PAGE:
This session really interested me as those readers who follow my blog, know of my frustrations with my Irish Jackson family. After three members of the family, William senior, William Junior and Rebecca as well as another relative Jane Steel, were sentenced to transportation, another member of the family Anne Jackson, who had dobbed them in for stealing, asked for help to get away from Ireland.

While I was travelling in Ireland I did some research on Anne and found her with two other children Mary Ann and Robert going to Canada on the recommendation of the magistrate who had sentenced the Jacksons.

Melanie’s session included the history of Irish Immigration to Canada and many of the reasons why this happened. She also discusses the voyages across the Atlantic from Ireland to Canada. Once in Canadian waters, there was quarantine to go through at various points along the coast.

Before 1865, no formal passenger lists but some shipping companies kept lists. This is where I found Ann and her children on the J.J.Cooke list arriving on the ship Superior in 1847. These records are now on Ancestry.

Melanie also mentions a collection of records coming into New England through the Port of Saint John, New Brunswick for the years 1841-1849. It includes more than just immigration records.

Grosse Ile quarantine station has a database that can be checked through the Libraries and Archives of Canada. Another database they have is for any immigrants prior to 1865.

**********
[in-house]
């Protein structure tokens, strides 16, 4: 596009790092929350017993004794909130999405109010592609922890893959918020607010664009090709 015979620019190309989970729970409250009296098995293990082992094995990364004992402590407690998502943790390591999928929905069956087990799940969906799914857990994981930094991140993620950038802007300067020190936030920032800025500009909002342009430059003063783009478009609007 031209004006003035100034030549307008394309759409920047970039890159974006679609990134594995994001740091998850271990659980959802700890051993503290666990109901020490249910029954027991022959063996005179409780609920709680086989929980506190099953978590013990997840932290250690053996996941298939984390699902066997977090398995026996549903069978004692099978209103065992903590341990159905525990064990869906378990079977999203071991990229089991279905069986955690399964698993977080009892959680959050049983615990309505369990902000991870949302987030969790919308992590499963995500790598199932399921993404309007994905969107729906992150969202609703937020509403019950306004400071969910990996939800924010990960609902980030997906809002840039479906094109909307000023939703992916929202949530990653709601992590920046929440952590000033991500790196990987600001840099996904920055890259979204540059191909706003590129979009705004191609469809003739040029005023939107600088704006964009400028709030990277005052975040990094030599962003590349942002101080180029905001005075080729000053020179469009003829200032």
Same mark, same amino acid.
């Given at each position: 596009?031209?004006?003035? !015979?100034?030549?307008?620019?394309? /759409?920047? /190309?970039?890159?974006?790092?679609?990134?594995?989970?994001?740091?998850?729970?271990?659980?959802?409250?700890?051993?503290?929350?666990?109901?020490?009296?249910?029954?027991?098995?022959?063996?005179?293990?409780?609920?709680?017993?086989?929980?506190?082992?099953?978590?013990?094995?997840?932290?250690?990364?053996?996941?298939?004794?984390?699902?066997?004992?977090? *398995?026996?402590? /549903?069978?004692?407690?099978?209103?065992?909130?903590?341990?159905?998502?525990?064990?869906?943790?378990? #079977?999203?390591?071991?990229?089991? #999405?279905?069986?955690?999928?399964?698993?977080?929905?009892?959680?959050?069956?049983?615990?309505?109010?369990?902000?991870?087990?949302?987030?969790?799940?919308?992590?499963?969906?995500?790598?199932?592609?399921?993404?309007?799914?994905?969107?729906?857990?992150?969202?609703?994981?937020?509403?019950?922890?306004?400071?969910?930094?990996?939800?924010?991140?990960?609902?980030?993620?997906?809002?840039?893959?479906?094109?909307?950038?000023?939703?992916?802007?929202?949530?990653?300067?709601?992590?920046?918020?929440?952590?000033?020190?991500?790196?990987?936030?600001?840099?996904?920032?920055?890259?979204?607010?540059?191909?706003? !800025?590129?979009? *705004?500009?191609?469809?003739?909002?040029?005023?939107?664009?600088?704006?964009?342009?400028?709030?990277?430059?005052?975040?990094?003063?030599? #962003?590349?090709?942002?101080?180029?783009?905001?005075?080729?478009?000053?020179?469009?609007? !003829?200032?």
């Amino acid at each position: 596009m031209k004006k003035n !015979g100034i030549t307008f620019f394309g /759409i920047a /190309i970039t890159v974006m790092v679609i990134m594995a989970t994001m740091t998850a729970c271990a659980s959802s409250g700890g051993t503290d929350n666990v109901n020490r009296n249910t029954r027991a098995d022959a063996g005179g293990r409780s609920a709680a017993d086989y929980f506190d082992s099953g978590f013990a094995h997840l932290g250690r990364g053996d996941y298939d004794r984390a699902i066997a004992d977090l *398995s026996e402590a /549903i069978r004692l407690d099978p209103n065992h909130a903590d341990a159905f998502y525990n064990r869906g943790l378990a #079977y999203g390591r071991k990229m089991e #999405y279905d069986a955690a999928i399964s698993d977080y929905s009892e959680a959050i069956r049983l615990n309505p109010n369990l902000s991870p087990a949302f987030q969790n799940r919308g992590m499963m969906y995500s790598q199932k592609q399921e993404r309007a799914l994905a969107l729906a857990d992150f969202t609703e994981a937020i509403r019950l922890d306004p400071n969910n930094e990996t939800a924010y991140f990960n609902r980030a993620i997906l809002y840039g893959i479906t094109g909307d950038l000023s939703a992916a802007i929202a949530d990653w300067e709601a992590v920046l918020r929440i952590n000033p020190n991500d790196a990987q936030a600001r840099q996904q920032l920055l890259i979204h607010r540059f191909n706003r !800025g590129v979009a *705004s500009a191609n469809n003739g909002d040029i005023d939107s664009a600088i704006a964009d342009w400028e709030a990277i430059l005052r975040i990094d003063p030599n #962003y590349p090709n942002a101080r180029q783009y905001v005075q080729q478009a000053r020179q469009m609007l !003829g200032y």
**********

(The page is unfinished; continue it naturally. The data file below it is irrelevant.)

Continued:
Melanie then went into other ways to build your Irish family in Canada:

  • Using census to looking for parent(s) born in Ireland but children born in Canada. Different information found in each census will help you work out when someone came to Canada and maybe where they came from in Ireland.
  • Church records – some found online, others still on microfilm and found in registers at particular churches.
  • Land records also might help build your family tree in Canada – province level first then county level
  • Newspapers also give lots of information including goods belonging to dead people and how to claim them. Also check out obituaries and articles in area near where your Irish family settled.
  • Gravestones might also have town and parish in Ireland mentioned on them.

Readers: What was your takeaway from day 2 at RootsTech 2022?

Letter T challenge

Now that I have my DNA results and I have uploaded them to gedmatch, I need to work out the

Terminology 

Here are some words I have seen but need to find out what they mean. It is like a totally new language.

  • Autosomal
  • centimorgans
  • admixture
  • phasing
  • X-DNA, Y-DNA, mtDNA
  • haplogroup
  • SNPs
  • types F2, V2,V3
  • chromosome browser

Once I have done a 1:1 comparison, what makes a person the best possible connection?

I know that one of the columns relates to generations that person is away from me. They would certainly be the easiest to find on my tree.

I looked in Gedmatch and they had some Beginner Guides so I looked at the following video (nearly 45 minutes) which I found very interesting.

The video then sent me to a genetic genealogist blog that included this chart showing the number of cMs between different relationships. Think this might come in handy when trying to work out how many generations people might be on my family tree database at home.

Readers: Please leave a comment about my post or something beginning with T that relates to your family history or your research.

 

letter T